It is a bright day in Pondicherry. The trees shush and wave and the crows caw. The light dappling of clouds in the sky augurs summer in its full heady rush, the peak of the year, the hottest time. Everywhere is the languorous decay of a former French colony, the cracked yellow buildings, the high white columns, the chirp of accented voices, all remote from the motherland and all content in their tropical remoteness. Because this is a former colony, it has the dissipations of the north for sale, which are taken advantage of, or desired, as soon as possible. The heat is not enough to induce laziness and Europeans used to ruling over a subordinate people in that people’s home, will take precautions to further counter their own productivity, and enhance their enjoyment of exploitation.
Although this is not an island it may as well be. The Romans came here thousands of years ago because of how the waters flow in an almost complete circle around the little area, securing it, and making it easy to canalize. So that this little circle, built like a cherry, is an island within India, making it perhaps more remote from the rest of the subcontinental strain and overpopulation and pollution. The only reminder that we are still here on the main land is the multitude of crows.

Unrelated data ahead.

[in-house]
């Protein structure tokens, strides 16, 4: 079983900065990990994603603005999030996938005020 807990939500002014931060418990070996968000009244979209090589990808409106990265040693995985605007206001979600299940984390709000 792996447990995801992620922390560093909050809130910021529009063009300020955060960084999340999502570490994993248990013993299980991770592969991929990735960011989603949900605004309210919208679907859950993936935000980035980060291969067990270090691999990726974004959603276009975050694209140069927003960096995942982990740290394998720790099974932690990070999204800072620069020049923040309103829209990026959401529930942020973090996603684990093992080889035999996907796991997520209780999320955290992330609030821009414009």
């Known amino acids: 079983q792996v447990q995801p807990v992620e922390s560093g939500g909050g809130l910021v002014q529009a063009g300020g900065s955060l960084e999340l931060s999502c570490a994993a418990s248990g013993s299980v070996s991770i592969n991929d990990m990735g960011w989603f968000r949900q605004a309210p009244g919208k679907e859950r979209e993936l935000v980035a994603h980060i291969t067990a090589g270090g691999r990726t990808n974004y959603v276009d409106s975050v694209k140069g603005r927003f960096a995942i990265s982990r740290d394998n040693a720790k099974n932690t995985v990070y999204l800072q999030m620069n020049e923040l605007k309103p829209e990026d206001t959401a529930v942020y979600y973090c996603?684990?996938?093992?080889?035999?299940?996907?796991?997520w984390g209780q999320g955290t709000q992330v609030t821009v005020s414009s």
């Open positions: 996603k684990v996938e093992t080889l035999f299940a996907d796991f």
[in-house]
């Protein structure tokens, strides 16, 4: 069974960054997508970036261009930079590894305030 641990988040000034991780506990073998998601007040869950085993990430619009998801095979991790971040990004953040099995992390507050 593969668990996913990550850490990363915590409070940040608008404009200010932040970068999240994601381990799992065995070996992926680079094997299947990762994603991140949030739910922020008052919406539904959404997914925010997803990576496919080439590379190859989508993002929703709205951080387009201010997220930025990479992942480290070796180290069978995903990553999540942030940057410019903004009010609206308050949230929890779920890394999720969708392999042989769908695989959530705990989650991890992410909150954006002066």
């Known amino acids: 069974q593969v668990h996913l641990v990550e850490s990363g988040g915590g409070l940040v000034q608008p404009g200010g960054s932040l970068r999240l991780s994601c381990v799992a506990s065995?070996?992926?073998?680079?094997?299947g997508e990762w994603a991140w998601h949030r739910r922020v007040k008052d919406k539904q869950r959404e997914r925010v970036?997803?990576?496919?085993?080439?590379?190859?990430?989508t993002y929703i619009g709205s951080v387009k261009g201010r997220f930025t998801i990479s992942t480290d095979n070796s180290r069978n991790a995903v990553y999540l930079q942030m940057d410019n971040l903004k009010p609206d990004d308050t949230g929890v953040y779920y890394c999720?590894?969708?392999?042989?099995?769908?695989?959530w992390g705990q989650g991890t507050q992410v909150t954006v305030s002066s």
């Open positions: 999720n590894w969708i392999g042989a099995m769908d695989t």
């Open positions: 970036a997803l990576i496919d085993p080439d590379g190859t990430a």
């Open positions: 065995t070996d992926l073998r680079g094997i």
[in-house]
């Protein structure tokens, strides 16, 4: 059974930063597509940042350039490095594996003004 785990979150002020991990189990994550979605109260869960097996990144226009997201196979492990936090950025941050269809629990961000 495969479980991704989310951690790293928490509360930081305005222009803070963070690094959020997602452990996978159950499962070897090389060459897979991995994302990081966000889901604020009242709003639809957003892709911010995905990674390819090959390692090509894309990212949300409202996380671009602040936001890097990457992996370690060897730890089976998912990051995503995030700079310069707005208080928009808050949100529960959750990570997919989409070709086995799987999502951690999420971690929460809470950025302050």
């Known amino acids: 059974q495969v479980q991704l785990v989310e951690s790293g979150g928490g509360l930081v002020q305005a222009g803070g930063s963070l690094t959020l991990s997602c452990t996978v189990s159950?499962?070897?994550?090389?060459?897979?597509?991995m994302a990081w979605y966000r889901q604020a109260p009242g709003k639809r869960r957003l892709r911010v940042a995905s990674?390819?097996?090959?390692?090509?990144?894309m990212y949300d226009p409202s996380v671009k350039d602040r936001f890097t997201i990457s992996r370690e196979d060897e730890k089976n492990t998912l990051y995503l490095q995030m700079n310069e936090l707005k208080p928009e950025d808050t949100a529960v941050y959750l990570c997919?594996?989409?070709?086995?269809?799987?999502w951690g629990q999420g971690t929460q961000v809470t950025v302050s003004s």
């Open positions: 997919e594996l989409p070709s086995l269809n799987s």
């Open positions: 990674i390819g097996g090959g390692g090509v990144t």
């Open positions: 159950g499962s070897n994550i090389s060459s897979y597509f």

It is fitting, I think, to spend my last day in India here, in this made up world that exists in itself, in India. It is symbolic of how people travel and how they can be content to live within worlds they create, avoiding the rougher edges of town to stay in comfortable decaying White Town (which is what the French colonial area is called). This world is safe and pleasant, but not as much as it used to be. Now there are too many motorbikes and the fringes are giving way to the outside neighborhoods, the Muslim and Indian areas. White Town has only aged, while the world around it has changed.